Pope Francis talks with Italian Cardinal Lorenzo Baldisseri, general secretary of the Synod of Bishops, during the morning session on the final day of the extraordinary Synod of Bishops on the family at the Vatican Oct. 18. CNS photo/Paul Haring

Pope Francis speaks: 5 takeaways from another blockbuster interview

By  Josephine McKenna, Religion News Service
  • December 9, 2014

VATICAN CITY - Gay marriage was never on the agenda at the recent Synod of Bishops on the Family and the subject “did not cross our minds,” Pope Francis said in a new headline-grabbing interview.

Keeping to a format that has become a favorite for this pope, Francis used a high-profile interview to shed light on his thinking, and Vatican policies, on a number of hot-button social issues.

In an interview published Sunday (Dec. 7), Francis told the Argentine daily, La Nacion, that the Catholic Church must help parents support their gay children. At the same time, he maintained that allowing, condoning or even adapting to same-sex marriage was still not on the church’s agenda.

This was one of several controversial issues he broached in the interview with papal biographer Elisabetta Pique:


“Nobody mentioned homosexual marriage at the synod; it did not cross our minds,” he said. “What we did talk about was how a family with a homosexual child, whether a son or a daughter, goes about educating that child, how the family bears up, how to help that family to deal with that somewhat unusual situation.”

“The synod addressed the family and homosexuals in relation to their families. … We have to find a way to help that father or that mother to stand by their son or daughter. That’s what the synod addressed.”


Francis stressed that the challenge for the Catholic Church is making sure that Catholics who have been divorced and remarried without getting an annulment feel they are included, despite continuing debate over barring such couples from Communion.

“In the case of divorcees who have remarried, we posed the question, what do we do with them? What door can we allow them to open?” the pope said. “This was a pastoral concern: Will we allow them to go to Communion? Communion alone is no solution. The solution is integration.”

In a separate recent interview with the German daily Frankfurter Allegemeine, Pope Emeritus Benedict XVI also stressed that divorcees should “not be excluded from the life of the church” and suggested they could be godfathers or godmothers at baptisms.


Sunday’s interview was the first time that Francis has spoken publicly about his decision to remove the conservative American Cardinal Raymond Burke from his position as head of the Vatican’s highest appeals court and appoint him patron of the Order of the Knights of Malta. Widely seen as a demotion, the move removed one of Francis’ main opponents from the Vatican.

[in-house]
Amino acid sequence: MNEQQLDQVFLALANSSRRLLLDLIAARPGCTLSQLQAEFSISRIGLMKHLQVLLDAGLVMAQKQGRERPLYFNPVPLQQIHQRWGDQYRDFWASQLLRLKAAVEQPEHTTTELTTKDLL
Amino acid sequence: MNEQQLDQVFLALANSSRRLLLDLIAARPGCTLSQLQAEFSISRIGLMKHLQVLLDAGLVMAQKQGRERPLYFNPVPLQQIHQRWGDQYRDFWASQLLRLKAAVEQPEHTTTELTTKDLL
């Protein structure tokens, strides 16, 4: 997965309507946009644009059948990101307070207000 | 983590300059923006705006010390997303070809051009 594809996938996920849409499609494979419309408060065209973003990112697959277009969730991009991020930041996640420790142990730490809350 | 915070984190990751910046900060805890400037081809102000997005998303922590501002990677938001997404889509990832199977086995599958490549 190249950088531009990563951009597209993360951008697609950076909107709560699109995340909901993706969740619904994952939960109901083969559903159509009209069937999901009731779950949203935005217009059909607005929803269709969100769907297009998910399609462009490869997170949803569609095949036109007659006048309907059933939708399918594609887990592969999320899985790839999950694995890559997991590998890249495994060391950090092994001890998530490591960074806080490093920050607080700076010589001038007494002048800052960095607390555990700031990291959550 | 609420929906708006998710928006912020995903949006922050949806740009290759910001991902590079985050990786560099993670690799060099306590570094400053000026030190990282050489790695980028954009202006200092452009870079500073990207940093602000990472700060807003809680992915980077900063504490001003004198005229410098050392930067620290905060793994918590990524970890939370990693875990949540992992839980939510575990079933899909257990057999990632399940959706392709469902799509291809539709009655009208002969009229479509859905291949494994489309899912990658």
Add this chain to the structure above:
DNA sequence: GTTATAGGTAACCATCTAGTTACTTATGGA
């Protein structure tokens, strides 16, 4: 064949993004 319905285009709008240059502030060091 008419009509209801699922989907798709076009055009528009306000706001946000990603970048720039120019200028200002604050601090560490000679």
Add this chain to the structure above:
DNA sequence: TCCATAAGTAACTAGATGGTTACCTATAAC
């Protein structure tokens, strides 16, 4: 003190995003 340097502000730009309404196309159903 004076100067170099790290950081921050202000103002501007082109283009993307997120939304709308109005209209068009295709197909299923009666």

After the synod, Burke raised eyebrows around the church, saying in an interview that the church under Francis was like a “ship without a rudder.”

“We needed a smart American who would know how to get around and I thought of him for that position. I suggested this to him long before the synod. I said to him ‘This will take place after the synod because I want you to participate in the synod’ as the head of a Vatican department.

“He thanked me in very good terms and accepted my offer; I even think he liked it. Because he is a man that gets around a lot, he does a lot of traveling and would surely be busy there. It is therefore not true that I removed him because of how he had behaved in the synod.”

Francis also played down Burke’s “ship without a rudder” broadside: “Those expressions strike me as odd,” the pope said. “I am not aware of anybody using them. The media quote them. However, until I can ask the people involved ‘Have you said this?’ I will have brotherly doubts.”


After signaling a softer approach to LGBT issues in the church, Catholic bishops ended the synod by celebrating the “love of a man and a woman” but ignored hot-button issues like homosexuality and cohabitation. Language about “welcoming homosexual persons” was not part of the final report approved by the bishops.

Francis, however, is not concerned.

“Certain resistance has surfaced; I think it´s a good sign when things are discussed openly and not secretly if people don’t agree,” he said. “It’s good to discuss things openly; it’s healthy.”

For his part, Benedict denied reports that he had tried to meddle in the synod. “A total absurdity,” he said. Benedict said he had “excellent relations” with the current Pope, and said “I try to stay as quiet as possible. It is clear who the true Pope is.”


Francis has not ruled out the possibility of following in Benedict’s footsteps and retiring from the papacy if he can no longer handle the demands of the job. As his 78th birthday approaches on Dec. 17, he conceded that he’s no longer a young man.

“I do have some aches and pains, and at my age ailments don’t go unnoticed. But I am in God’s hands; up to now I have been able to work steadily.”

In his interview, Benedict told the German daily he was “too weak and tired” to deal with the challenges and internal backbiting at the Vatican that ultimately led to his shocking resignation in February 2013.

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